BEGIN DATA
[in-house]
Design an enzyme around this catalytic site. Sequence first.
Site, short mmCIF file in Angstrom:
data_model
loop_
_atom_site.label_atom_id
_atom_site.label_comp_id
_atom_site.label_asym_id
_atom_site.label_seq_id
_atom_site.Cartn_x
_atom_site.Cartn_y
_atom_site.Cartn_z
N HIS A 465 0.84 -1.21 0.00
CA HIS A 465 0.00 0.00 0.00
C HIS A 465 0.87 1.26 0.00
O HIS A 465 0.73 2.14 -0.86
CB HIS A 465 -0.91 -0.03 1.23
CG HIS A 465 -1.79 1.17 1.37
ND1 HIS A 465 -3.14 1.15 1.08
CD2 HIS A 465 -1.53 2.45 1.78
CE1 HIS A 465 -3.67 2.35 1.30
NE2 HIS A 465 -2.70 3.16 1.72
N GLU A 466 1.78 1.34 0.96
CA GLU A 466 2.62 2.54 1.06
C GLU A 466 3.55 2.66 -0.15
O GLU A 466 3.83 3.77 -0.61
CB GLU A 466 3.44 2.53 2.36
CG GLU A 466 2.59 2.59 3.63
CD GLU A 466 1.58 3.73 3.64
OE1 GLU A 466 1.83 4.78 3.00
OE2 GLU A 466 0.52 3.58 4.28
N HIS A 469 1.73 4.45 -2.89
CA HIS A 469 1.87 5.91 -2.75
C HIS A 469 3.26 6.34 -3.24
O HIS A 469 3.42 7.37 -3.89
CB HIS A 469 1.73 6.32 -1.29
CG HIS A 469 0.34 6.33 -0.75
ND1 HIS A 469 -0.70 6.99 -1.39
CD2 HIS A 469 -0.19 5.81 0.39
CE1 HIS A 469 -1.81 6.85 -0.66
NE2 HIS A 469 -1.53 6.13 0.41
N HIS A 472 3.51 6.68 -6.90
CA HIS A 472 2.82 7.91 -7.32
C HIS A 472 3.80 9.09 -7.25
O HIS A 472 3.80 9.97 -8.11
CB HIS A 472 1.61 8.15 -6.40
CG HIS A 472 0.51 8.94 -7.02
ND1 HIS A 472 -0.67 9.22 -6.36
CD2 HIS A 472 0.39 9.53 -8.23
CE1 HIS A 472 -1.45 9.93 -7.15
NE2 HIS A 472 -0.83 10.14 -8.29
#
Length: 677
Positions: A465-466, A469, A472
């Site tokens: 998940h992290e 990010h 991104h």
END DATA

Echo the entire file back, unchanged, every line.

[in-house]
Design an enzyme around this catalytic site. Sequence first.
Site, short mmCIF file in Angstrom:
data_model
loop_
_atom_site.label_atom_id
_atom_site.label_comp_id
_atom_site.label_asym_id
_atom_site.label_seq_id
_atom_site.Cartn_x
_atom_site.Cartn_y
_atom_site.Cartn_z
N HIS A 465 0.84 -1.21 0.00
CA HIS A 465 0.00 0.00 0.00
C HIS A 465 0.87 1.26 0.00
O HIS A 465 0.73 2.14 -0.86
CB HIS A 465 -0.91 -0.03 1.23
CG HIS A 465 -1.79 1.17 1.37
ND1 HIS A 465 -3.14 1.15 1.08
CD2 HIS A 465 -1.53 2.45 1.78
CE1 HIS A 465 -3.67 2.35 1.30
NE2 HIS A 465 -2.70 3.16 1.72
N GLU A 466 1.78 1.34 0.96
CA GLU A 466 2.62 2.54 1.06
C GLU A 466 3.55 2.66 -0.15
O GLU A 466 3.83 3.77 -0.61
CB GLU A 466 3.44 2.53 2.36
CG GLU A 466 2.59 2.59 3.63
CD GLU A 466 1.58 3.73 3.64
OE1 GLU A 466 1.83 4.78 3.00
OE2 GLU A 466 0.52 3.58 4.28
N HIS A 469 1.73 4.45 -2.89
CA HIS A 469 1.87 5.91 -2.75
C HIS A 469 3.26 6.34 -3.24
O HIS A 469 3.42 7.37 -3.89
CB HIS A 469 1.73 6.32 -1.29
CG HIS A 469 0.34 6.33 -0.75
ND1 HIS A 469 -0.70 6.99 -1.39
CD2 HIS A 469 -0.19 5.81 0.39
CE1 HIS A 469 -1.81 6.85 -0.66
NE2 HIS A 469 -1.53 6.13 0.41
N HIS A 472 3.51 6.68 -6.90
CA HIS A 472 2.82 7.91 -7.32
C HIS A 472 3.80 9.09 -7.25
O HIS A 472 3.80 9.97 -8.11
CB HIS A 472 1.61 8.15 -6.40
CG HIS A 472 0.51 8.94 -7.02
ND1 HIS A 472 -0.67 9.22 -6.36
CD2 HIS A 472 0.39 9.53 -8.23
CE1 HIS A 472 -1.45 9.93 -7.15
NE2 HIS A 472 -0.83 10.14 -8.29
#
Length: 677
Positions: A465-466, A469, A472
């Site tokens: 998940h992290e 990010h 991104h």